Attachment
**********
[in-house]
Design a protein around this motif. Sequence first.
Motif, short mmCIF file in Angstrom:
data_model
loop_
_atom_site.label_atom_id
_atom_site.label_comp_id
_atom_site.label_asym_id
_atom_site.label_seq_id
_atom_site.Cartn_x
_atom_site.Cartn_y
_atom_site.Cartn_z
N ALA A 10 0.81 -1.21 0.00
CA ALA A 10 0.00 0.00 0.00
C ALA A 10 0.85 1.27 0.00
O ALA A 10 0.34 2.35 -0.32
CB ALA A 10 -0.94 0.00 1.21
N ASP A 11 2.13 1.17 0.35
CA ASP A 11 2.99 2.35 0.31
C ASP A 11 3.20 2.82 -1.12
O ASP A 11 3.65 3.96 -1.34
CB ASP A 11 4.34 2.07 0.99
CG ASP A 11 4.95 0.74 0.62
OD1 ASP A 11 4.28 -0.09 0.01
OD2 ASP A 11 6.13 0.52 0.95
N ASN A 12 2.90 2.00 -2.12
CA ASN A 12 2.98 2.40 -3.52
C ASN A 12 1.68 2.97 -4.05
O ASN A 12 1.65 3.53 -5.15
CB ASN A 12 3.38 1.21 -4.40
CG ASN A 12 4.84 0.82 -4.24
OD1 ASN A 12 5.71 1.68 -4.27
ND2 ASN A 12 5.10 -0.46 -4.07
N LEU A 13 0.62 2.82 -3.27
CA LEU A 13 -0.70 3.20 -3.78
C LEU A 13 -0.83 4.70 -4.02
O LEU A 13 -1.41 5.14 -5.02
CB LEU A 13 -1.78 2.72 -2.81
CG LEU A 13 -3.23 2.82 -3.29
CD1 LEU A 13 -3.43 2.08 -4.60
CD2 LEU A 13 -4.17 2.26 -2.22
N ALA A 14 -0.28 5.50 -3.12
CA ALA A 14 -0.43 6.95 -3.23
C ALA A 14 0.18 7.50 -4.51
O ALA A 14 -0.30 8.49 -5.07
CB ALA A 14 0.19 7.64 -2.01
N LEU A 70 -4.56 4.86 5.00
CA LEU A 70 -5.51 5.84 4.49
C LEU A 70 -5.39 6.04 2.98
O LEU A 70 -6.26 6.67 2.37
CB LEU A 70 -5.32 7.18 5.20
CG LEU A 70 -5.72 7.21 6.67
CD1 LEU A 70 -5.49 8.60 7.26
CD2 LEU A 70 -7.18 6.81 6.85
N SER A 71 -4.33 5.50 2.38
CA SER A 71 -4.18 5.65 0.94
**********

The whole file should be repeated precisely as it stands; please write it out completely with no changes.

[in-house]
Design a protein around this motif. Sequence first.
Motif, short mmCIF file in Angstrom:
data_model
loop_
_atom_site.label_atom_id
_atom_site.label_comp_id
_atom_site.label_asym_id
_atom_site.label_seq_id
_atom_site.Cartn_x
_atom_site.Cartn_y
_atom_site.Cartn_z
N ALA A 10 0.81 -1.21 0.00
CA ALA A 10 0.00 0.00 0.00
C ALA A 10 0.85 1.27 0.00
O ALA A 10 0.34 2.35 -0.32
CB ALA A 10 -0.94 0.00 1.21
N ASP A 11 2.13 1.17 0.35
CA ASP A 11 2.99 2.35 0.31
C ASP A 11 3.20 2.82 -1.12
O ASP A 11 3.65 3.96 -1.34
CB ASP A 11 4.34 2.07 0.99
CG ASP A 11 4.95 0.74 0.62
OD1 ASP A 11 4.28 -0.09 0.01
OD2 ASP A 11 6.13 0.52 0.95
N ASN A 12 2.90 2.00 -2.12
CA ASN A 12 2.98 2.40 -3.52
C ASN A 12 1.68 2.97 -4.05
O ASN A 12 1.65 3.53 -5.15
CB ASN A 12 3.38 1.21 -4.40
CG ASN A 12 4.84 0.82 -4.24
OD1 ASN A 12 5.71 1.68 -4.27
ND2 ASN A 12 5.10 -0.46 -4.07
N LEU A 13 0.62 2.82 -3.27
CA LEU A 13 -0.70 3.20 -3.78
C LEU A 13 -0.83 4.70 -4.02
O LEU A 13 -1.41 5.14 -5.02
CB LEU A 13 -1.78 2.72 -2.81
CG LEU A 13 -3.23 2.82 -3.29
CD1 LEU A 13 -3.43 2.08 -4.60
CD2 LEU A 13 -4.17 2.26 -2.22
N ALA A 14 -0.28 5.50 -3.12
CA ALA A 14 -0.43 6.95 -3.23
C ALA A 14 0.18 7.50 -4.51
O ALA A 14 -0.30 8.49 -5.07
CB ALA A 14 0.19 7.64 -2.01
N LEU A 70 -4.56 4.86 5.00
CA LEU A 70 -5.51 5.84 4.49
C LEU A 70 -5.39 6.04 2.98
O LEU A 70 -6.26 6.67 2.37
CB LEU A 70 -5.32 7.18 5.20
CG LEU A 70 -5.72 7.21 6.67
CD1 LEU A 70 -5.49 8.60 7.26
CD2 LEU A 70 -7.18 6.81 6.85
N SER A 71 -4.33 5.50 2.38
CA SER A 71 -4.18 5.65 0.94